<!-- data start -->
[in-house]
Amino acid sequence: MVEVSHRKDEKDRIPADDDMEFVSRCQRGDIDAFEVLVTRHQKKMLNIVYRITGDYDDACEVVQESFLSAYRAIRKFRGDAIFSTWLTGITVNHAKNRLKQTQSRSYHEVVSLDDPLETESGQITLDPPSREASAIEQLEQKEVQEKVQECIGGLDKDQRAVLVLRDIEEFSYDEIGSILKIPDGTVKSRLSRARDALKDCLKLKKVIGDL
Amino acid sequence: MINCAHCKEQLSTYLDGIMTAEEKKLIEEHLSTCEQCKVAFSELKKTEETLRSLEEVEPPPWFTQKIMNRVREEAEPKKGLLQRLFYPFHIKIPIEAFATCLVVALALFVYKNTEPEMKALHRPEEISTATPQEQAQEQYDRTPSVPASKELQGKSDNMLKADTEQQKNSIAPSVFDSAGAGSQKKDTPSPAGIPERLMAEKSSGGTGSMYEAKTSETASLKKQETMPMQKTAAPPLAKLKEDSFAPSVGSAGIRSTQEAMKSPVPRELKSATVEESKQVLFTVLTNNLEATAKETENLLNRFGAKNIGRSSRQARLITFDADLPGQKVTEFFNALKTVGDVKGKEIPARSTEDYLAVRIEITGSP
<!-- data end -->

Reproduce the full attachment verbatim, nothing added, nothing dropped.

[in-house]
Amino acid sequence: MVEVSHRKDEKDRIPADDDMEFVSRCQRGDIDAFEVLVTRHQKKMLNIVYRITGDYDDACEVVQESFLSAYRAIRKFRGDAIFSTWLTGITVNHAKNRLKQTQSRSYHEVVSLDDPLETESGQITLDPPSREASAIEQLEQKEVQEKVQECIGGLDKDQRAVLVLRDIEEFSYDEIGSILKIPDGTVKSRLSRARDALKDCLKLKKVIGDL
Amino acid sequence: MINCAHCKEQLSTYLDGIMTAEEKKLIEEHLSTCEQCKVAFSELKKTEETLRSLEEVEPPPWFTQKIMNRVREEAEPKKGLLQRLFYPFHIKIPIEAFATCLVVALALFVYKNTEPEMKALHRPEEISTATPQEQAQEQYDRTPSVPASKELQGKSDNMLKADTEQQKNSIAPSVFDSAGAGSQKKDTPSPAGIPERLMAEKSSGGTGSMYEAKTSETASLKKQETMPMQKTAAPPLAKLKEDSFAPSVGSAGIRSTQEAMKSPVPRELKSATVEESKQVLFTVLTNNLEATAKETENLLNRFGAKNIGRSSRQARLITFDADLPGQKVTEFFNALKTVGDVKGKEIPARSTEDYLAVRIEITGSP